What is percutaneous valve replacement procedure?
A percutaneous valve replacement is a minimally invasive procedure to replace a diseased heart valve. The malfunctioning valve is removed and replaced with a manufactured valve, which may be mechanical. Other valve replacements may be crafted from animal tissue, or human tissue harvested from the patient’s own membrane enveloping the heart (pericardium).
A flexible tube (catheter) carries the valve to the heart through blood vessels, and then deploys the valve in place. The catheter may be inserted
- through the ribs into the apex of the heart (transapical),
- an artery in the wrist (transradial),
- neck (transjugular), or the
- groin (transfemoral).
The cardiologist uses ultrasonography and continuous X-ray (fluoroscopy) images for guidance.
Developments in percutaneous heart valve replacement
Percutaneous repair and replacement of heart valves is currently a developing field. While repair and balloon dilation of heart valves (valvuloplasty) are being performed extensively now, many of the valve replacement devices and techniques are still in developmental stages.
Currently, percutaneous valve replacement is performed only on patients who are at high risk for open heart surgery. Studies are ongoing to make it available as a less-invasive option to low-risk patients.
The heart has four valves that regulate the blood flow:
- Aortic valve between the left ventricle and aorta
- Mitral valve separating left atrium and left ventricle
- Pulmonary valve between right ventricle and pulmonary artery
- Tricuspid valve separating right atrium and right ventricle
Current stages of development in percutaneous replacement of the four heart valves are as follows:
Percutaneous aortic valve replacement/implantation (PAVR/PAVI) also known as transcatheter aortic valve replacement/implantation (TAVR/TAVI) is a well-established treatment under certain conditions. Balloon valvuloplasty is widely performed as a temporary treatment for aortic calve narrowing (stenosis).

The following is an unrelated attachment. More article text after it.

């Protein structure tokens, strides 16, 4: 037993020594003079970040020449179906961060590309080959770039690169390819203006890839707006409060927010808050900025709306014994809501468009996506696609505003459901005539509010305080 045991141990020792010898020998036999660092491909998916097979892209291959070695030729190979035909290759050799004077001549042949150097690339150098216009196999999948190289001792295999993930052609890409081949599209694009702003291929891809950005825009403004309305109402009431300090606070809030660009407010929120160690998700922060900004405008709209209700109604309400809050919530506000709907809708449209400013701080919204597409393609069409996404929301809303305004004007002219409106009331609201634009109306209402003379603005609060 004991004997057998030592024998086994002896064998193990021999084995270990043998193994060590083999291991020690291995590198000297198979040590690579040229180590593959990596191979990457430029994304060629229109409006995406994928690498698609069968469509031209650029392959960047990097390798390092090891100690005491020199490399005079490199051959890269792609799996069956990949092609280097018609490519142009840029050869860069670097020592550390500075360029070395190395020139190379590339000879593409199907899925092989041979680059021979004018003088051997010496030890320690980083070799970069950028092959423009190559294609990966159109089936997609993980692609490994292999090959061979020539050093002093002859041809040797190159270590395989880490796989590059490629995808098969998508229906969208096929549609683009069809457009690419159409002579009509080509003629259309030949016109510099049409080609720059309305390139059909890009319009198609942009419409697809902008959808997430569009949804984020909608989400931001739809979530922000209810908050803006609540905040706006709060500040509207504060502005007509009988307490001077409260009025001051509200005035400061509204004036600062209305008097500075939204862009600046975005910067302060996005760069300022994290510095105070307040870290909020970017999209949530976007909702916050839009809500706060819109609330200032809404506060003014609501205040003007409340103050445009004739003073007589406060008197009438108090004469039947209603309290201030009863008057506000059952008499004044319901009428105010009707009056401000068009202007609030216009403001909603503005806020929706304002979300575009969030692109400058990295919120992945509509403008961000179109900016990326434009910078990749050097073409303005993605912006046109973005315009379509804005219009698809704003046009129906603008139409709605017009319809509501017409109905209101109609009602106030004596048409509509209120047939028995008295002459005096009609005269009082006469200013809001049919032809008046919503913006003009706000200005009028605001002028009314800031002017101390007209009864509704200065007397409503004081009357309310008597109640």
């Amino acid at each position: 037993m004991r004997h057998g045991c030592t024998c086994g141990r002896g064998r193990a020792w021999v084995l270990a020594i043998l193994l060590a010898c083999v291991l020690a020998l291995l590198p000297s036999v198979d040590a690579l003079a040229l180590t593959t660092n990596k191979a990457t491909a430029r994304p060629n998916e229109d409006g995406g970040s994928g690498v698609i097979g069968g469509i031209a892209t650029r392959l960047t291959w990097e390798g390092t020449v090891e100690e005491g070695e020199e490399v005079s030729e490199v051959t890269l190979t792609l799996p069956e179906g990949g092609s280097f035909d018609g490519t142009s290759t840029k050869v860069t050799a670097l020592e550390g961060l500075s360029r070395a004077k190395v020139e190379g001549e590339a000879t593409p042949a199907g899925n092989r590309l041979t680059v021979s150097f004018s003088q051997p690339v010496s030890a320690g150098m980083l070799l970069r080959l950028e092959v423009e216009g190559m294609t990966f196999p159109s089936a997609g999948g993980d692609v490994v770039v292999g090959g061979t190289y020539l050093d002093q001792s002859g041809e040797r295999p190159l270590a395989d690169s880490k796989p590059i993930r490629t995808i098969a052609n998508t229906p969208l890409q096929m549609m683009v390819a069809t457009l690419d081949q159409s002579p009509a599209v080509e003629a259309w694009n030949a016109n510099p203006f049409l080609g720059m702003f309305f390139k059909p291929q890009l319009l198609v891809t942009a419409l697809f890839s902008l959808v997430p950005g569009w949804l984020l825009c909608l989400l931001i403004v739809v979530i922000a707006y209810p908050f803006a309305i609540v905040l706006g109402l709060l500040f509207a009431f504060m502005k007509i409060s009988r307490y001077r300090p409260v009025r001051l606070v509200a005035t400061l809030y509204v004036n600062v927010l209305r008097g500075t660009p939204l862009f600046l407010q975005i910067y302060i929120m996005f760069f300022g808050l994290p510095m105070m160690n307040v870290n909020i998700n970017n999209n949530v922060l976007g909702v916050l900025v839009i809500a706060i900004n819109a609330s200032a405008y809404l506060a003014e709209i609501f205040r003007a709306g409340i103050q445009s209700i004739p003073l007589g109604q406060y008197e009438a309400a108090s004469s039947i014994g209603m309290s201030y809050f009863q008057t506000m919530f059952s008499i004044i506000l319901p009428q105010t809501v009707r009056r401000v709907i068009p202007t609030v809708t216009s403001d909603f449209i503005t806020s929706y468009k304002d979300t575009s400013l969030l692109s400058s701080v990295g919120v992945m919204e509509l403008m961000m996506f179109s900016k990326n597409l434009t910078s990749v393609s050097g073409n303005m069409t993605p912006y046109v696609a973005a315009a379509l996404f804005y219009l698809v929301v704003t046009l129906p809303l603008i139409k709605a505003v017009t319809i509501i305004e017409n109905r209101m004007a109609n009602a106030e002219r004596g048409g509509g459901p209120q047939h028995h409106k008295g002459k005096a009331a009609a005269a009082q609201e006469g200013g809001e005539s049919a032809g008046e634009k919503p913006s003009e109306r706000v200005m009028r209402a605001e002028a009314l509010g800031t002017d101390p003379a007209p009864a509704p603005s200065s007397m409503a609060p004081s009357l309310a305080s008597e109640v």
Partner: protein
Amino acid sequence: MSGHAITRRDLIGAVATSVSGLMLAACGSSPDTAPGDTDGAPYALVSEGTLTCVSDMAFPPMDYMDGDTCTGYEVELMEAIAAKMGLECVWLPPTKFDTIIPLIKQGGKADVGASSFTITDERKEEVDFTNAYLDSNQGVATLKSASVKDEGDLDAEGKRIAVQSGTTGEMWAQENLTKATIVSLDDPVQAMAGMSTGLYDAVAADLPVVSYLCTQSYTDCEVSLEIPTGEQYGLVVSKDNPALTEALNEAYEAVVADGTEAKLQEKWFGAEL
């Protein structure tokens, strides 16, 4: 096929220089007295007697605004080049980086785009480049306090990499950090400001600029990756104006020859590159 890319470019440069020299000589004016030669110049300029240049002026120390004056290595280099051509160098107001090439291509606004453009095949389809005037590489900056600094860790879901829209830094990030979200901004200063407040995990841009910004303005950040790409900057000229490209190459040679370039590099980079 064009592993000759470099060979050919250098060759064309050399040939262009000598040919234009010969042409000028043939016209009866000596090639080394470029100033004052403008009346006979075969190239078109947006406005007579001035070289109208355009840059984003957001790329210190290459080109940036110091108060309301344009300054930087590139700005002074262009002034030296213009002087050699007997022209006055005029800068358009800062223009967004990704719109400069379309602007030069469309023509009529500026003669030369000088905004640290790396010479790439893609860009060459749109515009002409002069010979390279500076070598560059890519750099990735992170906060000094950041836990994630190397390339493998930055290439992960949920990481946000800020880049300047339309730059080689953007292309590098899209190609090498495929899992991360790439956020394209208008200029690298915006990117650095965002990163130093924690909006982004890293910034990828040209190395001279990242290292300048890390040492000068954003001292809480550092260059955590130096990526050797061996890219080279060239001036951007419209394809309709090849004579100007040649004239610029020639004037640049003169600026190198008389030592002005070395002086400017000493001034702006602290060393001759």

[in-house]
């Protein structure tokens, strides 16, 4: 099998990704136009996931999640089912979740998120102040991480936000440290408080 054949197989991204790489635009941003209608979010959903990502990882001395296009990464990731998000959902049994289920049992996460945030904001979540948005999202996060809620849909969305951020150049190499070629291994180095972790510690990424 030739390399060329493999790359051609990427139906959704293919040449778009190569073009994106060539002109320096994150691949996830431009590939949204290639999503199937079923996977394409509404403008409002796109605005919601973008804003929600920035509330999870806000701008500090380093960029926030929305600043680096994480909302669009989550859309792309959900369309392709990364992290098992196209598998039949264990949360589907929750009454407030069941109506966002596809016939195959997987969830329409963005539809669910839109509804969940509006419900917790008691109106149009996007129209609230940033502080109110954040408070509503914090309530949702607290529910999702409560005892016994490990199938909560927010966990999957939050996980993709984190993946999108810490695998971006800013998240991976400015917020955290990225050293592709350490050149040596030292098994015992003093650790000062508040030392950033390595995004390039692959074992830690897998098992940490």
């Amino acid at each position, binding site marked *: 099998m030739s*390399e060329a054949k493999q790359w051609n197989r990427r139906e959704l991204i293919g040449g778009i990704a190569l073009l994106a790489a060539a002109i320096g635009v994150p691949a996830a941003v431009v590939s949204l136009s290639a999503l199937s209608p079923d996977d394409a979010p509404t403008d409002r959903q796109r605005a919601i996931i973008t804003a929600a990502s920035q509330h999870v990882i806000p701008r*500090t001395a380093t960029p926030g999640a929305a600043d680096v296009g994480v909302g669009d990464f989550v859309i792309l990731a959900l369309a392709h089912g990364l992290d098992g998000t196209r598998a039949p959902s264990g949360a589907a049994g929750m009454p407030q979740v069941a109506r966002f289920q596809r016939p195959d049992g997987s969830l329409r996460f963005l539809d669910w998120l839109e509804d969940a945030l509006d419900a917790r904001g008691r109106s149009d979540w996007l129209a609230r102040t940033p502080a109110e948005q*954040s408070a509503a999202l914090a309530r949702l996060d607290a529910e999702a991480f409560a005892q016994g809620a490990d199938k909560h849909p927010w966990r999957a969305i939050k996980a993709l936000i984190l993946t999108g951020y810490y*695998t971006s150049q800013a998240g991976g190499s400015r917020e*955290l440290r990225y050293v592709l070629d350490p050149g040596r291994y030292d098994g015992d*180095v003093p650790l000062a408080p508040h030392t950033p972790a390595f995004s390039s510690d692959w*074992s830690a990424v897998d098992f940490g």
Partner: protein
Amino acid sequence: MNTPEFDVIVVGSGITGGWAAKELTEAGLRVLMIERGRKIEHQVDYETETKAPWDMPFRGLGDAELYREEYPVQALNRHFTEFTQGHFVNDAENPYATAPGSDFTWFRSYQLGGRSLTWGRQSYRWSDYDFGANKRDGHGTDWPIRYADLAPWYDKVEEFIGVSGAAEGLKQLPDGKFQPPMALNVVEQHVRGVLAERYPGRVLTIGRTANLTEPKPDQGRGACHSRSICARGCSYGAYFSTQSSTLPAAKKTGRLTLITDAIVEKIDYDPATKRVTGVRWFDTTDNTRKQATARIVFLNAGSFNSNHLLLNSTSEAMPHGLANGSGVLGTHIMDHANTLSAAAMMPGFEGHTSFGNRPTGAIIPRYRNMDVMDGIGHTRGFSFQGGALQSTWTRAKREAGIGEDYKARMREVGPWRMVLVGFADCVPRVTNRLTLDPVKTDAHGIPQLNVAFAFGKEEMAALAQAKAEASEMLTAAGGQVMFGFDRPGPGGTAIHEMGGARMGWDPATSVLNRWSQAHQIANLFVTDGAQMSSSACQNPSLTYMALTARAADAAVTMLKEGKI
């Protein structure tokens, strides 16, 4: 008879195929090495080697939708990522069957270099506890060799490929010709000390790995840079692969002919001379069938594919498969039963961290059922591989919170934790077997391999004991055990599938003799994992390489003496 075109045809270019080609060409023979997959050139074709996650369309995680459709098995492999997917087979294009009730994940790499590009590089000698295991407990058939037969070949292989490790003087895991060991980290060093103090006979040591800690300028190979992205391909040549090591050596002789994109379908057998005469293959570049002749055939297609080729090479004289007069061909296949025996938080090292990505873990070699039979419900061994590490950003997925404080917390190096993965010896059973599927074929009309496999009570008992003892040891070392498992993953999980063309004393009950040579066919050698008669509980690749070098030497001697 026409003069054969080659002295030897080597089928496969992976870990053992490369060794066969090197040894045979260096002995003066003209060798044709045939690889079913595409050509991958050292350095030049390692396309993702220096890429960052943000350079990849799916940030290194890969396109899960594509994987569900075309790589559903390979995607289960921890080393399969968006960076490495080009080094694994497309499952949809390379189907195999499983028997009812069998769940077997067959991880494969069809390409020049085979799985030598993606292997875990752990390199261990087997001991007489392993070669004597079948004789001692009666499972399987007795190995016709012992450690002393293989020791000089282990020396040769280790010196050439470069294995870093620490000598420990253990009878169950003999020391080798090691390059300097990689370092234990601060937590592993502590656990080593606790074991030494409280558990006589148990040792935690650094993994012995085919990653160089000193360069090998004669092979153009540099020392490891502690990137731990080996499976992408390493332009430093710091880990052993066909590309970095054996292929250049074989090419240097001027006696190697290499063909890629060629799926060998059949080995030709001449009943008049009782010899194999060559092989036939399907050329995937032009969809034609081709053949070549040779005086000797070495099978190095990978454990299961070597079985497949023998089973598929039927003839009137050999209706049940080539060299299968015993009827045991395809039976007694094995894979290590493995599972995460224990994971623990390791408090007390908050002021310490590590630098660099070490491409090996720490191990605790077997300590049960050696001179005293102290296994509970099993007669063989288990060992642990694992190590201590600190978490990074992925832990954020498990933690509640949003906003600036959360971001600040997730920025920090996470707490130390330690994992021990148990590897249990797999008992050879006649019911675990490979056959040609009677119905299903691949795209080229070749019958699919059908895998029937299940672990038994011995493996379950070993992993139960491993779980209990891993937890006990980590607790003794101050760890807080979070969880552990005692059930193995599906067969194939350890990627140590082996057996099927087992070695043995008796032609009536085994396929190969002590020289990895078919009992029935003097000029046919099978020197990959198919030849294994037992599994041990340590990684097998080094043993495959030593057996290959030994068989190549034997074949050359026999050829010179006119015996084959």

Percutaneous balloon valvuloplasty is widely performed to dilate the mitral valve, but other procedures are in testing and clinical trial phases. Percutaneous mitral valve repair has been performed only in clinical trials, while percutaneous replacement is yet to be performed on humans.
Clinical experience in percutaneous pulmonary valve replacement is the largest among all percutaneous valve replacements. Pulmonary valve replacement is performed primarily for congenital heart disease.
At present percutaneous tricuspid valve repair procedure is under clinical trials and valve replacement is in early stages of development.
Why is percutaneous valve replacement performed?
Percutaneous procedure is a minimally invasive procedure for patients with serious heart valve disease who are elderly or those with significant other coexisting conditions (comorbidities) that preclude open surgery.
Currently, only aortic and pulmonary valve replacements are performed percutaneously. Only valve repairs and dilatation are percutaneously performed in the mitral and tricuspid valves.
Percutaneous valve replacement is performed to treat the following conditions:
- Backflow of blood from the aorta into the left ventricle (aortic regurgitation) due to
- Deterioration of the valve
- Bacterial infection (endocarditis)
- Obstruction of blood flow due to aortic valve stenosis
- Congenital heart disease with malformed aortic valve that leads to regurgitation or obstruction
- Pulmonary hypertension and dysfunctional pulmonary valve that results in pulmonary regurgitation
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